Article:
"I'm probably harder on my own kids than everyone else, but we go home and talk about it. Especially since he's the last of my kids I'll coach, I'm just trying to enjoy it a little more. You never realize how special it is when you're going through it. When you're putting your kids in the best position possible to be successful and it's go, go, go, you can forget to sit back and enjoy it. It's over before you know it, things in life can be taken from you so fast that, as a coach, you're always worried about what's next. It's a privilege. I'm a very lucky guy to get to coach my kids."

Through three games, Wapello still hasn't thrown an interception, and he's rushed for 50 on eight attempts with an additional score on the ground.

But for as much as he has contributed to the success, the Wapello signal-caller credits the other side of the ball and the line in front of him.

"Our defense has improved a lot since the first game, we've been stuffing the run better," Parsons said. "And our (offensive) line has improved a bunch, that's been helping some of (our go-to plays) work better.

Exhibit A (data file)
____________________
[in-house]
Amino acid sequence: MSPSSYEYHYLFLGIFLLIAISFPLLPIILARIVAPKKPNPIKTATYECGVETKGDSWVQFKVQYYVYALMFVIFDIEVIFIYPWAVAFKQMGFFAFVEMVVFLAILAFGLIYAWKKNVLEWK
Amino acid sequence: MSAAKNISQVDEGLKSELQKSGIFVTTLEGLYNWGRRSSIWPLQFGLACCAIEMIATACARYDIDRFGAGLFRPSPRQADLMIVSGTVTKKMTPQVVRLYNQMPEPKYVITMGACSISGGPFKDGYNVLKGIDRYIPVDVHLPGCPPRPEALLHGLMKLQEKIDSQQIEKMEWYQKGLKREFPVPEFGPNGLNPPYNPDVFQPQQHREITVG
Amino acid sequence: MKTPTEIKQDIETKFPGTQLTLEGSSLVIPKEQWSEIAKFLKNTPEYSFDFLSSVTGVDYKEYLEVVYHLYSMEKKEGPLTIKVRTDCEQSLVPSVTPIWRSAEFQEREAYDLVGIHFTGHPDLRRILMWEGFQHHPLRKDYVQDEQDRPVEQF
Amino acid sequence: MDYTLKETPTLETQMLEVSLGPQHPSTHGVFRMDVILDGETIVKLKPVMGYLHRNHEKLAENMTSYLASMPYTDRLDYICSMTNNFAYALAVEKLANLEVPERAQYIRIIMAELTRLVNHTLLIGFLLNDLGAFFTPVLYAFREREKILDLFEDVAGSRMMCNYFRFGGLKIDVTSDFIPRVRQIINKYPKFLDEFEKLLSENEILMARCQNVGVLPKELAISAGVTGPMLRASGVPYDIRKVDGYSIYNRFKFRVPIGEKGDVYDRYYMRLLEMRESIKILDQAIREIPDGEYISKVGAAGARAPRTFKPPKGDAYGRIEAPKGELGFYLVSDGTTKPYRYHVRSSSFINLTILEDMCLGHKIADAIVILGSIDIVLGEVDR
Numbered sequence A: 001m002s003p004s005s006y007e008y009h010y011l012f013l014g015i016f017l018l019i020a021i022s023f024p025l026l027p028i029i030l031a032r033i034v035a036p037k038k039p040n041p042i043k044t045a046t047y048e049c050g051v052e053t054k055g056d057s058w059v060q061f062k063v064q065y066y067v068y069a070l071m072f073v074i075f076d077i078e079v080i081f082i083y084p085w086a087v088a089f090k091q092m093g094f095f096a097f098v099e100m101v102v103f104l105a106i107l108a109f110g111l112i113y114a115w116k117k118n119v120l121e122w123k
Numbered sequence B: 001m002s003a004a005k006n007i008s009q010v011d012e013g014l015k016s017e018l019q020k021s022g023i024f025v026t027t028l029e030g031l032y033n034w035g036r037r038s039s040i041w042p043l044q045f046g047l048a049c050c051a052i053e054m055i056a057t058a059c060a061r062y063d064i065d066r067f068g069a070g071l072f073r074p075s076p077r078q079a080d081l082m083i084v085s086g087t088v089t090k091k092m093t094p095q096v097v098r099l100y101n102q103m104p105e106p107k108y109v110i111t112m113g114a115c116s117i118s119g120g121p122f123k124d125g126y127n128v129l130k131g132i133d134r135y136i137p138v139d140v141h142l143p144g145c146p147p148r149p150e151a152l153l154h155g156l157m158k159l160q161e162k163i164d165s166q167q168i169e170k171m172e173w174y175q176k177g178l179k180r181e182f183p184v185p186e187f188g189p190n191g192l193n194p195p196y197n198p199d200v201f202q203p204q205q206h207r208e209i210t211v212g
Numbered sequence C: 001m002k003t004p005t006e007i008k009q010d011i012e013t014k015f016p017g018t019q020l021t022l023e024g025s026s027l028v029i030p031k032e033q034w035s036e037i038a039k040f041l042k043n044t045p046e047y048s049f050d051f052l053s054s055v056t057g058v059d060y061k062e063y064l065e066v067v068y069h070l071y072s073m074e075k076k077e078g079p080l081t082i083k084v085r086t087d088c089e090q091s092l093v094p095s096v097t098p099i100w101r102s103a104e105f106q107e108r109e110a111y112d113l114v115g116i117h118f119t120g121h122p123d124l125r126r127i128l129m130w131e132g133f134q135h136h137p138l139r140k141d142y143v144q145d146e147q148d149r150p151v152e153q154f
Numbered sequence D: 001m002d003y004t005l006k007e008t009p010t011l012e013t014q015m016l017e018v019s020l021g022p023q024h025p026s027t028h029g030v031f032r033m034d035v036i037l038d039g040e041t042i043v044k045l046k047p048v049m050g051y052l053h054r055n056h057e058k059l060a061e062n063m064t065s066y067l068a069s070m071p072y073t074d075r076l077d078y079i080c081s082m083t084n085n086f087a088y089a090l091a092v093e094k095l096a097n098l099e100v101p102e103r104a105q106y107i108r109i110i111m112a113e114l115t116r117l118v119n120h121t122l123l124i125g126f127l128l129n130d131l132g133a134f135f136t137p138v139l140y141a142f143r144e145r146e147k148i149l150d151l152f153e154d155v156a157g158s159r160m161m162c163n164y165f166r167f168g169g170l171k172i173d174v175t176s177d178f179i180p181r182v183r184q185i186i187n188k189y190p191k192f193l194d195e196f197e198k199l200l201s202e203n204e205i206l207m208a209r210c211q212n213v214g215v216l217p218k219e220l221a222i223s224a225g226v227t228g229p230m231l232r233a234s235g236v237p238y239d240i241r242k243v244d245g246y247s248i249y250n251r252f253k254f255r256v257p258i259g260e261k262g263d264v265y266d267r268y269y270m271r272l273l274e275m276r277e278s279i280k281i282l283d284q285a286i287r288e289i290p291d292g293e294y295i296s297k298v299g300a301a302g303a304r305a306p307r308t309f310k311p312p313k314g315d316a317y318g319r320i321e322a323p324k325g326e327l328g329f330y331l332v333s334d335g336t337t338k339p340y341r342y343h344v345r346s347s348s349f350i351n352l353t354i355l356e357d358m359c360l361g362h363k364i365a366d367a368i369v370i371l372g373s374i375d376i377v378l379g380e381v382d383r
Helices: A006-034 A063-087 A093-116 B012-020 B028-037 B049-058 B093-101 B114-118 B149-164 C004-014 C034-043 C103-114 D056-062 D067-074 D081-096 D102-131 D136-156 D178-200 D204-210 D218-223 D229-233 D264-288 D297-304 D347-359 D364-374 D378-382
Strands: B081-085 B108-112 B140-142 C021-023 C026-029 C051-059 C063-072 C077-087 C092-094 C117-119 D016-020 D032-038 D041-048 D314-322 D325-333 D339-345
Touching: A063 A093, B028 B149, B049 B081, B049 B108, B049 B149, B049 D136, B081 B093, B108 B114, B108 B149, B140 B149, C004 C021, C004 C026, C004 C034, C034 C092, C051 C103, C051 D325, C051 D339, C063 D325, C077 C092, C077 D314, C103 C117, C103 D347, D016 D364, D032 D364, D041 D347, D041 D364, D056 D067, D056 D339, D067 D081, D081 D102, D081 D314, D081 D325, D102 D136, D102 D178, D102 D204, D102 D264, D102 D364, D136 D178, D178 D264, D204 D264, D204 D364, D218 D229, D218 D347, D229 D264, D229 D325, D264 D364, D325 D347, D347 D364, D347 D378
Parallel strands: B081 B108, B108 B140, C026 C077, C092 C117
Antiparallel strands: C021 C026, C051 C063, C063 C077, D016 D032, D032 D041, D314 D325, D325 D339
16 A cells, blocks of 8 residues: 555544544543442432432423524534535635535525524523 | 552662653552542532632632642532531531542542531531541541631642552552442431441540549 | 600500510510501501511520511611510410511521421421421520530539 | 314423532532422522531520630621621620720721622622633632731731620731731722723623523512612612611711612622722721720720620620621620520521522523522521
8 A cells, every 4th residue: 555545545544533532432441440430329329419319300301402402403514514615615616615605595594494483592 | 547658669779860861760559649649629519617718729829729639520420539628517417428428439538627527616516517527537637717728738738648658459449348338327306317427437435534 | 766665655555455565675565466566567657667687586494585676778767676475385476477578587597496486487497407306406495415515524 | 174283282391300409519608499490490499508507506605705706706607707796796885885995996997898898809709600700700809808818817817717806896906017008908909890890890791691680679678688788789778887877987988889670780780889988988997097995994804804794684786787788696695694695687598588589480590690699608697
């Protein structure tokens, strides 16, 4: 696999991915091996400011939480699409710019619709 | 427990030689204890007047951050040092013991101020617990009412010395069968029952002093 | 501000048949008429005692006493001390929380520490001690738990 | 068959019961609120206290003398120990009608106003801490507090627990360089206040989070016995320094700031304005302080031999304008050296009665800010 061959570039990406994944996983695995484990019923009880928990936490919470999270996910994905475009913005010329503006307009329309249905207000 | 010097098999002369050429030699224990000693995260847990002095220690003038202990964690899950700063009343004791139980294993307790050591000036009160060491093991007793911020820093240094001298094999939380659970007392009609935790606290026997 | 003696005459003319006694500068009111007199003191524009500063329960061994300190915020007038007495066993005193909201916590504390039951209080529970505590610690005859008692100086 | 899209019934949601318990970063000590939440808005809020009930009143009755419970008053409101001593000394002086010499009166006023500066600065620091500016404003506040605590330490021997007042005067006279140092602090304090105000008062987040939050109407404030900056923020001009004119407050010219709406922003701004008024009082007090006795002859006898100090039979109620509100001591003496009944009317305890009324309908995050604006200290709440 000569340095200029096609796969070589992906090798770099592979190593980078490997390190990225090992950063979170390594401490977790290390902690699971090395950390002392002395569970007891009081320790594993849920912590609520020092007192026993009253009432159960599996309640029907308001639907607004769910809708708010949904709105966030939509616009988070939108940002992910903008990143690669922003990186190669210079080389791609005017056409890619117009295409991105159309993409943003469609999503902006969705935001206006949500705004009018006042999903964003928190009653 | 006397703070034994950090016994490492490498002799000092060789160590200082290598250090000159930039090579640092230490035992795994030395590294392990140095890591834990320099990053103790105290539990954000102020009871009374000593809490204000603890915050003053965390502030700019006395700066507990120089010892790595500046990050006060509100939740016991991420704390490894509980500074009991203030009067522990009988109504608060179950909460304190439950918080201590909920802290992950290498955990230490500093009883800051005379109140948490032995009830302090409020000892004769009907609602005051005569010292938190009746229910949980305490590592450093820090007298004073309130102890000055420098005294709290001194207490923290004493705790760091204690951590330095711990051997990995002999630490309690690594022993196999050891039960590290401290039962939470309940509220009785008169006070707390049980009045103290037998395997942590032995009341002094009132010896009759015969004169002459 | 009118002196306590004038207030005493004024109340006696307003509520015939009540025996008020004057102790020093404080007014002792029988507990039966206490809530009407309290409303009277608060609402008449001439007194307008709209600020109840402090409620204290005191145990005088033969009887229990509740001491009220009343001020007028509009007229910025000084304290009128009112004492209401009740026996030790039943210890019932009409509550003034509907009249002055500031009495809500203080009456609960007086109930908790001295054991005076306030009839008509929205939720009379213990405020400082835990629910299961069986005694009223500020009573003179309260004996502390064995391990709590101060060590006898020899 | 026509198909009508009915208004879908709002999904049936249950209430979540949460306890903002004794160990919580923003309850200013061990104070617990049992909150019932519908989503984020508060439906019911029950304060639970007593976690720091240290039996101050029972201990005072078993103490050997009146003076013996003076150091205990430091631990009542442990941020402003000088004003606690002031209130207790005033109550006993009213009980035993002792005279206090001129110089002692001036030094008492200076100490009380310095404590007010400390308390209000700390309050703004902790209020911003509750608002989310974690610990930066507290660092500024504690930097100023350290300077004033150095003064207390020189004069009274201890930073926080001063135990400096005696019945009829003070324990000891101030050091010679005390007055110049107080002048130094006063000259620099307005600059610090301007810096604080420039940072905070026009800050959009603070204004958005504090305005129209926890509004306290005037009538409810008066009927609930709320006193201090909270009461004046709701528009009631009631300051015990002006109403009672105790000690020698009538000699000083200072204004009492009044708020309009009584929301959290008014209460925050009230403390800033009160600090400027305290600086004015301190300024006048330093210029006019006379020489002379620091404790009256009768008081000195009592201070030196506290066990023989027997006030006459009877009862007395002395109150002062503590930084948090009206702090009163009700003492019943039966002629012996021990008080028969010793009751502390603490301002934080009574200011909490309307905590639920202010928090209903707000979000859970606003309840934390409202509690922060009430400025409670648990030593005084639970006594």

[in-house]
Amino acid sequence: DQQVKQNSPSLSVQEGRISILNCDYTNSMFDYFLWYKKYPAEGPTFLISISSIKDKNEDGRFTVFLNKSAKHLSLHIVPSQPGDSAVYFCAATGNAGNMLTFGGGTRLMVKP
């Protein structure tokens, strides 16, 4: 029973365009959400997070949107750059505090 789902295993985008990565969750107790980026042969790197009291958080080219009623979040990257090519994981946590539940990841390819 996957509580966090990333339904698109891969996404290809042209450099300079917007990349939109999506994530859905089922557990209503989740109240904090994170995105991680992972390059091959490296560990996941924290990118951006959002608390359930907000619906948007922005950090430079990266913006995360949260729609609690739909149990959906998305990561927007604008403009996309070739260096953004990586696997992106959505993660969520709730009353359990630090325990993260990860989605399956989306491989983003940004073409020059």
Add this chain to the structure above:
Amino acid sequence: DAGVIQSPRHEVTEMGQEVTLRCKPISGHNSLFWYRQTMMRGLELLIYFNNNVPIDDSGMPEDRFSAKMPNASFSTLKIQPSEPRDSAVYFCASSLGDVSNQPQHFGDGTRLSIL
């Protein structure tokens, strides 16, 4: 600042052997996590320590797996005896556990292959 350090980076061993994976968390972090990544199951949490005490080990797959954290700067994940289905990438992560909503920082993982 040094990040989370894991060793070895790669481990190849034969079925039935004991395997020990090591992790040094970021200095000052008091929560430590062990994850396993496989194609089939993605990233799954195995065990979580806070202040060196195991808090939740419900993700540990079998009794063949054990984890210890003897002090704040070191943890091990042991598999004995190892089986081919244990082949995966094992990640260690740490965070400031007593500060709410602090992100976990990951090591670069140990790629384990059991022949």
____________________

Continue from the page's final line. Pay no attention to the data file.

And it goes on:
"Everyone has been improving and working on things in practice that we need to fix."

Parsons is now in his third season as the Indians starting quarterback, but it's perhaps his presence in the locker room and outside the lines where he's made the biggest strides.

"If you're the starting quarterback, you have to be a good leader," the senior said. "I've been working on being more vocal this year, making sure everyone is ready and encouraging them to do the best they can."

Wapello's coach agrees.

"I think he's matured as a person," Todd Parsons said. "He's set some goals for himself and he developed a plan to achieve those goals. He's really worked on areas of his life outside of athletics, which is paying dividends right now. He's got a clear goal, the motivation and discipline to stay focused.

"He knows that that's a key if you want to have a chance to compete at a high level (on the field)."

Though Wapello had to replace graduated all-state talents in Caden Thomas and Rhett Smith, another leap from junior running back Jake Gustison and good health have the Indians clicking on all cylinders.